Misconceptions About Environmental Pollution, Pesticides and the Causes of Cancer

Policy Reports | Environment

No. 214
Sunday, March 01, 1998
by Bruce N. Ames and Lois Swirsky Gold

Misconception #9: Pesticides and Other Synthetic Chemicals Are Disrupting Hormones

"Even if sperm counts were declining, there are many more likely causes, such as smoking and diet."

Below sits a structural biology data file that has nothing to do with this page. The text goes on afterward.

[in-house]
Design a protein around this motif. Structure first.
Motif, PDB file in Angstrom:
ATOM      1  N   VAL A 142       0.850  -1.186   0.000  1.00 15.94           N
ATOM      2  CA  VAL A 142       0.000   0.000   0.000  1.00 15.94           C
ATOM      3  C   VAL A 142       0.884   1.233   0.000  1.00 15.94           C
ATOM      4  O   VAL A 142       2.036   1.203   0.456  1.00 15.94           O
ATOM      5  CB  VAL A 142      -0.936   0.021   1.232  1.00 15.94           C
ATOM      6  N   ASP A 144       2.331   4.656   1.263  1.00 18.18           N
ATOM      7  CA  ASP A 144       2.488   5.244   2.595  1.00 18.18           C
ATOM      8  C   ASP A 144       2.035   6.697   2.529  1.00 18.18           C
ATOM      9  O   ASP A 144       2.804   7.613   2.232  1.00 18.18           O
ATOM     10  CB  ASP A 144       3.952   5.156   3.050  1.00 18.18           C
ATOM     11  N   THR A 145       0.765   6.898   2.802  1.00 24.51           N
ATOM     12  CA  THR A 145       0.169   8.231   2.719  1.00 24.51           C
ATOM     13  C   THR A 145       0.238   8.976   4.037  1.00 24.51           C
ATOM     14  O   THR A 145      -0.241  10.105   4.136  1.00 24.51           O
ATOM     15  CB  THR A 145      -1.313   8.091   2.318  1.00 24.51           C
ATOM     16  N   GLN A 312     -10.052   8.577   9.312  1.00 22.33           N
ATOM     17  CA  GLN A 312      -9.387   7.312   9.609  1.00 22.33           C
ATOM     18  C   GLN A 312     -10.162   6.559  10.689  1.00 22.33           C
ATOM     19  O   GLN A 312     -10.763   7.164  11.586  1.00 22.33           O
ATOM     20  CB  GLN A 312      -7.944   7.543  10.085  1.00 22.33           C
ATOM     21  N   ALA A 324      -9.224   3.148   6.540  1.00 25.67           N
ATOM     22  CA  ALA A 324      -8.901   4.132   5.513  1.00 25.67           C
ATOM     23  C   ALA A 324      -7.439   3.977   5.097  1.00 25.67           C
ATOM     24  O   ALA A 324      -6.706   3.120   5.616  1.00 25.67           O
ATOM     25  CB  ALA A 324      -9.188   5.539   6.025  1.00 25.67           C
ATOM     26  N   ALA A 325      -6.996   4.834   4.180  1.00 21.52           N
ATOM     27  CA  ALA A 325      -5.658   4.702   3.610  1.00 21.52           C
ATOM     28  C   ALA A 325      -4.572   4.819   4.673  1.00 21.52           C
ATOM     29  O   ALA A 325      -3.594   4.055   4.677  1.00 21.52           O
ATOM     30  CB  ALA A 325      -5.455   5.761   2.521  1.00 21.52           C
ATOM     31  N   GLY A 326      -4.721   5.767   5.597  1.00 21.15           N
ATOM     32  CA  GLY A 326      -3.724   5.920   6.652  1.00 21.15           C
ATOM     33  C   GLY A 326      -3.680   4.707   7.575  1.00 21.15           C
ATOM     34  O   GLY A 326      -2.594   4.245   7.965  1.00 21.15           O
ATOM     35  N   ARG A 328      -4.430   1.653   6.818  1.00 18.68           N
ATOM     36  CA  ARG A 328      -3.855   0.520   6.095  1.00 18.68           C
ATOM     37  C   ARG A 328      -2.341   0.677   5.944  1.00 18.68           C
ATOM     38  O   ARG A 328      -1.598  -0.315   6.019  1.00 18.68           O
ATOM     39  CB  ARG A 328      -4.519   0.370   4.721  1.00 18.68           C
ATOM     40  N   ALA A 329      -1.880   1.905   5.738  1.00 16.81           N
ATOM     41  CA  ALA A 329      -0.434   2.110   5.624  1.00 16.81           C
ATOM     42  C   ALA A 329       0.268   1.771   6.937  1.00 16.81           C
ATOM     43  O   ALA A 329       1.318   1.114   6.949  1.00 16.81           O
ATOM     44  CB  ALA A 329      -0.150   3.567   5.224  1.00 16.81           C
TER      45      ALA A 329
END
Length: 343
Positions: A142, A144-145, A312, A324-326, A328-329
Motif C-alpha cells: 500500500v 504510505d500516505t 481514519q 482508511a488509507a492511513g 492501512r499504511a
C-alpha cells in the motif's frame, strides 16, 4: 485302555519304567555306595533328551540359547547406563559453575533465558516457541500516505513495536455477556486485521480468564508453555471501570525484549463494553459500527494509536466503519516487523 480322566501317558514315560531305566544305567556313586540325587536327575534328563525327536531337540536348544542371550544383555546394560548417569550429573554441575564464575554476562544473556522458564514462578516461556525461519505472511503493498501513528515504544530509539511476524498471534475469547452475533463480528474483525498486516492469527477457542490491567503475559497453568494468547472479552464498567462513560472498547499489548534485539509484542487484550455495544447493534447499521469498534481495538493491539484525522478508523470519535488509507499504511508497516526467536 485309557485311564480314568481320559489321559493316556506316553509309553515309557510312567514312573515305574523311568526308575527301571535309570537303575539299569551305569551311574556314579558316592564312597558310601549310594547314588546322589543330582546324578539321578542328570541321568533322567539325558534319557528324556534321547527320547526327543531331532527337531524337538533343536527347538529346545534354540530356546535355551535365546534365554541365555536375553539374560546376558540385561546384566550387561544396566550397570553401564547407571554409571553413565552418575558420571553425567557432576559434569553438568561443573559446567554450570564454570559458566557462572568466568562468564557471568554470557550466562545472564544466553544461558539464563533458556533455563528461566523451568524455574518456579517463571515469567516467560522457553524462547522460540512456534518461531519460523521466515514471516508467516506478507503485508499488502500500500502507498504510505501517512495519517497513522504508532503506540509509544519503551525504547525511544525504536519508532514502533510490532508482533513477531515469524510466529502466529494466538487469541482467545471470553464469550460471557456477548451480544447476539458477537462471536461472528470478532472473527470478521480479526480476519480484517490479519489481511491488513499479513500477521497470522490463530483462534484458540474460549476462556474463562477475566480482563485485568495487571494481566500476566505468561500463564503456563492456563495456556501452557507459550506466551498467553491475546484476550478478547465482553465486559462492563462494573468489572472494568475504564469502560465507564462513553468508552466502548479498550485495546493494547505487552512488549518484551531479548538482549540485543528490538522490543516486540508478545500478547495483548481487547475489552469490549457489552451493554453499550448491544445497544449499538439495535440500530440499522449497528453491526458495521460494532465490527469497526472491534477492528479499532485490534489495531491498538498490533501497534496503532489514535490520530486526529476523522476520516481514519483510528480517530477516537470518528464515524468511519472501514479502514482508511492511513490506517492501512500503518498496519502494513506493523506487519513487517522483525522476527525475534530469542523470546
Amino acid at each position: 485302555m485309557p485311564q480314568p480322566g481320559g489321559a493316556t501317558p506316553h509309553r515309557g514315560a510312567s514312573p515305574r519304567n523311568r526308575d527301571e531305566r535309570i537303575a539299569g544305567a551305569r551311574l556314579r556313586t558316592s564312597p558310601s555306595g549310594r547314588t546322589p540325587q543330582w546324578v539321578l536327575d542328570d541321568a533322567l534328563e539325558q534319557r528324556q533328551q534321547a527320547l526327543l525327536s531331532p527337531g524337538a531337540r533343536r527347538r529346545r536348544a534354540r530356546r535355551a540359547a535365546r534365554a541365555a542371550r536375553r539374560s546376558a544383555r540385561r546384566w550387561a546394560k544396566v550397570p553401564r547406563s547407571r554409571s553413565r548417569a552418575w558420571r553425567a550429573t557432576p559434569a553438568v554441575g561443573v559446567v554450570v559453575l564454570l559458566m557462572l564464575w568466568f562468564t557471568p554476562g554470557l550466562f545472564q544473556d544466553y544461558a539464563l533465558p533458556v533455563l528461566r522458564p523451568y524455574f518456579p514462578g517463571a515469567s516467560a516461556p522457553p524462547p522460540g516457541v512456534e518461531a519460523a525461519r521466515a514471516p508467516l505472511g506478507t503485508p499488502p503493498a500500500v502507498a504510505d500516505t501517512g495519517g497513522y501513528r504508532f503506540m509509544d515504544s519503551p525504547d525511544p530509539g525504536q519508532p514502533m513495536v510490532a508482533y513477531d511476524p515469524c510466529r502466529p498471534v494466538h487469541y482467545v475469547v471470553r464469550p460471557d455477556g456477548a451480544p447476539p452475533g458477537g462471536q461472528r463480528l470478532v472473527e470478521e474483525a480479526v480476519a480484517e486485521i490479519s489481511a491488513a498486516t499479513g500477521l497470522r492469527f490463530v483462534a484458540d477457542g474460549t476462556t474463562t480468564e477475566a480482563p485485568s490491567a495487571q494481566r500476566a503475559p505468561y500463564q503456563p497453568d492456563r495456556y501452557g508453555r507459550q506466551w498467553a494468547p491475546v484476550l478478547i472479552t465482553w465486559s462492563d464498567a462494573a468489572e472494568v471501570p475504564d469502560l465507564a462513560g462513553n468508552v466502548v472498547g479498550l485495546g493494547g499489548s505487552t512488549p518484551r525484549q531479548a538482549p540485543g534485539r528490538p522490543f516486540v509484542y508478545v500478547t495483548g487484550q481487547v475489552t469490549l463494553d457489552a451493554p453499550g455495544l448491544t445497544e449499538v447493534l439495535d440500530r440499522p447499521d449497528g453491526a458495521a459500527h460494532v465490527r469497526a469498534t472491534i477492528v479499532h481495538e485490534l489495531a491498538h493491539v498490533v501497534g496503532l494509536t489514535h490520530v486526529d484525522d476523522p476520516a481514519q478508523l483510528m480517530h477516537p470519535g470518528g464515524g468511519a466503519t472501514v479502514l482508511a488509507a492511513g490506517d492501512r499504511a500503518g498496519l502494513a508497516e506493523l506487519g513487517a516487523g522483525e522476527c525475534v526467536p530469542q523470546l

Synthetic hormone mimics have become an environmental issue. Hormonal factors are important in cancer, as mentioned in Misconception #2. The 1996 book Our Stolen Future73 claims that traces of synthetic chemicals, such as pesticides with weak hormonal activity, may contribute to cancer and reduce sperm counts. The book ignores the fact that our normal diet contains natural chemicals that have estrogenic activity millions of times higher than that due to the traces of synthetic estrogenic chemicals74 and that lifestyle factors can markedly change the levels of endogenous hormones [see Misconception #2]. The low levels of exposure to residues of industrial chemicals in humans are toxicologically implausible as a significant cause of cancer or of reproductive abnormalities, especially when compared to the natural background.75 In addition, it has not been shown convincingly that sperm counts are declining,76 and even if they were, there are many more likely causes, such as smoking and diet.

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